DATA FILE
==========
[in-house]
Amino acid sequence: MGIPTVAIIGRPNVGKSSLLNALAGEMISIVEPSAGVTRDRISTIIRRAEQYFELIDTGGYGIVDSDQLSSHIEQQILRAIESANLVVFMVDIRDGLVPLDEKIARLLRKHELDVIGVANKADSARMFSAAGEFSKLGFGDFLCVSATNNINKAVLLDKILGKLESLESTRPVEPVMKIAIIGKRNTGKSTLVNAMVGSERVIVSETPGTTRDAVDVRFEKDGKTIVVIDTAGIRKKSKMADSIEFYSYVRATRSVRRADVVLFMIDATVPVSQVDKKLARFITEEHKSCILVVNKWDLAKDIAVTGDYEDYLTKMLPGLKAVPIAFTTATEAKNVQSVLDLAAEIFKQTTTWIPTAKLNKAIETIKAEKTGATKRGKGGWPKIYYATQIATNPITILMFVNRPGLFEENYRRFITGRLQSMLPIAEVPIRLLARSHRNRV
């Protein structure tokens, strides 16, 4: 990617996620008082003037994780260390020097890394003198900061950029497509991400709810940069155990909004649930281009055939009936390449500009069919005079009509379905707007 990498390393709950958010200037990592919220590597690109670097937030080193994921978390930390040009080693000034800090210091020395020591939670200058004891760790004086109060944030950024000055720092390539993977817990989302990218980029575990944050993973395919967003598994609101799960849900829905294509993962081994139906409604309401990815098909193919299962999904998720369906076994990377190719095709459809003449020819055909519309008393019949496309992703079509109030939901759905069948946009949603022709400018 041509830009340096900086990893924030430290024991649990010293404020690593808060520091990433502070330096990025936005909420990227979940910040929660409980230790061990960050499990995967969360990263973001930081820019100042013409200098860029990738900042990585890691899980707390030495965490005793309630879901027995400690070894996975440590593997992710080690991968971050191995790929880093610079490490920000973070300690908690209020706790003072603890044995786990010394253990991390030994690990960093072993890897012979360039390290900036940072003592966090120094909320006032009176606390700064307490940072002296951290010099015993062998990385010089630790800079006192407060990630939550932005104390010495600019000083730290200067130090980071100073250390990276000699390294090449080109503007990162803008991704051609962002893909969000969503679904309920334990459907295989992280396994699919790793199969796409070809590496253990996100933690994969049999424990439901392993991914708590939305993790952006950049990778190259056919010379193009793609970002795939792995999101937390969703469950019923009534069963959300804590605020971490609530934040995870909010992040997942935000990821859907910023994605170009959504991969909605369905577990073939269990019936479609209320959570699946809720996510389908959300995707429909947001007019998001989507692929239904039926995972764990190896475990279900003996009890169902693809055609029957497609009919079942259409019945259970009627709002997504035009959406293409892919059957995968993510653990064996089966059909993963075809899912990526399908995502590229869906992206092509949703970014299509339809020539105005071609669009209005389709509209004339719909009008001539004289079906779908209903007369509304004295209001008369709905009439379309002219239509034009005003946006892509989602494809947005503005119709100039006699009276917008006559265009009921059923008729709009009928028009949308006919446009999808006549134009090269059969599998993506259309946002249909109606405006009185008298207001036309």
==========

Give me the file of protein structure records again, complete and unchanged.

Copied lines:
[in-house]
Amino acid sequence: MGIPTVAIIGRPNVGKSSLLNALAGEMISIVEPSAGVTRDRISTIIRRAEQYFELIDTGGYGIVDSDQLSSHIEQQILRAIESANLVVFMVDIRDGLVPLDEKIARLLRKHELDVIGVANKADSARMFSAAGEFSKLGFGDFLCVSATNNINKAVLLDKILGKLESLESTRPVEPVMKIAIIGKRNTGKSTLVNAMVGSERVIVSETPGTTRDAVDVRFEKDGKTIVVIDTAGIRKKSKMADSIEFYSYVRATRSVRRADVVLFMIDATVPVSQVDKKLARFITEEHKSCILVVNKWDLAKDIAVTGDYEDYLTKMLPGLKAVPIAFTTATEAKNVQSVLDLAAEIFKQTTTWIPTAKLNKAIETIKAEKTGATKRGKGGWPKIYYATQIATNPITILMFVNRPGLFEENYRRFITGRLQSMLPIAEVPIRLLARSHRNRV
């Protein structure tokens, strides 16, 4: 990617996620008082003037994780260390020097890394003198900061950029497509991400709810940069155990909004649930281009055939009936390449500009069919005079009509379905707007 990498390393709950958010200037990592919220590597690109670097937030080193994921978390930390040009080693000034800090210091020395020591939670200058004891760790004086109060944030950024000055720092390539993977817990989302990218980029575990944050993973395919967003598994609101799960849900829905294509993962081994139906409604309401990815098909193919299962999904998720369906076994990377190719095709459809003449020819055909519309008393019949496309992703079509109030939901759905069948946009949603022709400018 041509830009340096900086990893924030430290024991649990010293404020690593808060520091990433502070330096990025936005909420990227979940910040929660409980230790061990960050499990995967969360990263973001930081820019100042013409200098860029990738900042990585890691899980707390030495965490005793309630879901027995400690070894996975440590593997992710080690991968971050191995790929880093610079490490920000973070300690908690209020706790003072603890044995786990010394253990991390030994690990960093072993890897012979360039390290900036940072003592966090120094909320006032009176606390700064307490940072002296951290010099015993062998990385010089630790800079006192407060990630939550932005104390010495600019000083730290200067130090980071100073250390990276000699390294090449080109503007990162803008991704051609962002893909969000969503679904309920334990459907295989992280396994699919790793199969796409070809590496253990996100933690994969049999424990439901392993991914708590939305993790952006950049990778190259056919010379193009793609970002795939792995999101937390969703469950019923009534069963959300804590605020971490609530934040995870909010992040997942935000990821859907910023994605170009959504991969909605369905577990073939269990019936479609209320959570699946809720996510389908959300995707429909947001007019998001989507692929239904039926995972764990190896475990279900003996009890169902693809055609029957497609009919079942259409019945259970009627709002997504035009959406293409892919059957995968993510653990064996089966059909993963075809899912990526399908995502590229869906992206092509949703970014299509339809020539105005071609669009209005389709509209004339719909009008001539004289079906779908209903007369509304004295209001008369709905009439379309002219239509034009005003946006892509989602494809947005503005119709100039006699009276917008006559265009009921059923008729709009009928028009949308006919446009999808006549134009090269059969599998993506259309946002249909109606405006009185008298207001036309």